NEW YORK--(BUSINESS WIRE)--One moment Patti Wukovits was preparing for her daughter’s high school graduation, and the next moment she was watching her fight for her life for 9 days in the intensive care unit. In 2012, Patti lost her 17-year-old daughter, Kimberly Coffey, to group B meningococcal disease, also known as MenB, just days before Kim’s senior prom and high school graduation. Following this tragedy, Patti established The Kimberly Coffey Foundation to help educate parents and healthcare professionals specifically about MenB and to help prevent another family from enduring a loss due to this vaccine-preventable disease. To further education efforts, The Kimberly Coffey Foundation has teamed up with Pfizer Inc. (NYSE: PFE) on a national survey to better understand parents’ knowledge of meningococcal disease and available vaccines.
“As a mother and nurse, I thought I had done everything I could to protect Kim against meningococcal disease by getting her vaccinated. I believed she was fully protected against the disease when, in fact, she wasn’t protected against MenB,” said Patti Wukovits, RN, Founder and Executive Director, The Kimberly Coffey Foundation. “The Kimberly Coffey Foundation is working with Pfizer on a national survey to help educate other parents about this uncommon, but potentially fatal vaccine-preventable disease. Parents need to know their child isn’t fully immunized against meningococcal disease without the addition of the MenB vaccine.”
The National Meningococcal Disease Awareness Survey, conducted online by Harris Poll on behalf of The Kimberly Coffey Foundation and Pfizer, polled 2,011 U.S. parents ages 30+ of teens or young adults 16 to 23 years of age in March 2016. After learning about the differences between the two types of meningococcal vaccines:
- 81 percent of parents said prior to their participation in the survey they did not know or were not sure that there were two different meningococcal vaccines; one vaccine that protects against groups A, C, W, Y and a different one that protects against group B.1
- Furthermore, 83 percent of parents say they did not understand the difference between group B and other groups of meningococcal disease before taking the survey.2
- About 4 in 5 parents (79 percent) say they did not know their child was not fully immunized against the five common groups of meningococcal disease unless they had both types of meningococcal vaccines.3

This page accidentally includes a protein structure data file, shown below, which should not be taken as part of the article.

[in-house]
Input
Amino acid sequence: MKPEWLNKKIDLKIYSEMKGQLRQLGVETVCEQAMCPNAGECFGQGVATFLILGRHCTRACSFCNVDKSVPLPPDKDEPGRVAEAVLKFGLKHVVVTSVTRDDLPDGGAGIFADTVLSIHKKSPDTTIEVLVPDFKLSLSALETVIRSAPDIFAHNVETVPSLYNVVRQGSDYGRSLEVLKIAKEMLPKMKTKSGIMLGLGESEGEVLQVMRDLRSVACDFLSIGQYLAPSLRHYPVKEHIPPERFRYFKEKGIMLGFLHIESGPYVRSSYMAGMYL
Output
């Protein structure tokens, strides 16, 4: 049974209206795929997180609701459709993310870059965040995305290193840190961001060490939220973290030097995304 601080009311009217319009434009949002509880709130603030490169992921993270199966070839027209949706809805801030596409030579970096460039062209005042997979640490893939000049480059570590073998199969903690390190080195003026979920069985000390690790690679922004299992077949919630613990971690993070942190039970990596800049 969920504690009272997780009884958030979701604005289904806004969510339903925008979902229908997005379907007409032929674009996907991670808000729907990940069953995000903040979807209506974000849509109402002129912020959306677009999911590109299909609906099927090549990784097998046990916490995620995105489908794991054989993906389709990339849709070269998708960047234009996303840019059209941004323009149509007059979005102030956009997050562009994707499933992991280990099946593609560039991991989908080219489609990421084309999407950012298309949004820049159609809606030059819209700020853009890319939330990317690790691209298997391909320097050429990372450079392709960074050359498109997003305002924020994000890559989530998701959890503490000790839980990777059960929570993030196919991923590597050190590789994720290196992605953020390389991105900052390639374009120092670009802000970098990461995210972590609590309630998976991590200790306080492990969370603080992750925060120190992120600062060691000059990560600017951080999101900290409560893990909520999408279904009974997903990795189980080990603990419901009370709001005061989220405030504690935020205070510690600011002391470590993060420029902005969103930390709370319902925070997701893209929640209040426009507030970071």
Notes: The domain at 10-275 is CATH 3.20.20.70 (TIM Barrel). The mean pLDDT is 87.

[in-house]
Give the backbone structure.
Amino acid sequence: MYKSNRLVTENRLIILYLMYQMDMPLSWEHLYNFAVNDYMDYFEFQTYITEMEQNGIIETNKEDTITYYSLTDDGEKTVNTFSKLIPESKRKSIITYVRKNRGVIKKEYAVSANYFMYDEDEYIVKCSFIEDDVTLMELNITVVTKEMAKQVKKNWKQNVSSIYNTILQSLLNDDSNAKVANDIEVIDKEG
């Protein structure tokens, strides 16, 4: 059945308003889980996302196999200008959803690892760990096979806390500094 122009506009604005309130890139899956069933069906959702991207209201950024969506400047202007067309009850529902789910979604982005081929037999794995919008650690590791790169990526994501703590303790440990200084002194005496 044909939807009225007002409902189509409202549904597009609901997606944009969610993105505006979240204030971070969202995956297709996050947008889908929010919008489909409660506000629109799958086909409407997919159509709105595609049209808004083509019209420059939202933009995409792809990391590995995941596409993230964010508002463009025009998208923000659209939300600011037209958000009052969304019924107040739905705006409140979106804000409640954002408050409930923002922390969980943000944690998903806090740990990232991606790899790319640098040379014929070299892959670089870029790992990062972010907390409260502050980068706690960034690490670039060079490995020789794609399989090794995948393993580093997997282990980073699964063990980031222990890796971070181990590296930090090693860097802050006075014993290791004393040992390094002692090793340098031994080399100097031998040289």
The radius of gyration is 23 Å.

Like most parents who participated in this survey, Patti had the common misconception that the meningococcal vaccine Kim received fully protected her daughter against the disease when, in fact, it didn’t protect her against MenB. At the time Kim contracted MenB in 2012, there were no vaccines available in the United States to help protect against group B. As of 2014, there are now vaccines available to help protect against MenB, which accounts for nearly 50 percent of all U.S. meningococcal disease cases in 17-23 year olds.4
After learning about the different meningococcal vaccines, additional survey results showed:
- Nearly 9 out of 10 (89 percent) parents said meningococcal group B is something all parents should [help] protect their children against, 5 but only 30 percent of parents reported that their teen or young adult received the vaccine that [helps] protect against group B.6
- Seventy percent of parents whose child had not received the group B vaccine said they were likely to do so in the future.7
Through this partnership, Patti hopes to be Kim’s voice to help prevent another family from experiencing what she did, and another child from losing their life or suffering unnecessarily from MenB like Kim did. As many teens and young adults are finishing the school year and visiting their healthcare provider for an annual checkup, parents should talk to their child’s healthcare provider about MenB vaccines. For more information about MenB or the survey, visit StopMenB.com.
The National Meningococcal Disease Awareness Survey was conducted online within the United States by Harris Poll on behalf of Pfizer in partnership with The Kimberly Coffey Foundation, between March 8-29, 2016, among a total of 2,011 U.S. parents ages 30+ with a teen or young adult between the ages of 16 and 23.
About Group B Meningococcal Disease
The majority of invasive meningococcal disease cases worldwide can be attributed to five Neisseria meningitidis serogroups (A, B, C, W and Y).8 MenB affects all age groups in the U.S., but incidence is highest among infants younger than one year, adolescents and young adults.9 MenB accounts for nearly 50 percent of all U.S. meningococcal cases in 17-23 year olds.4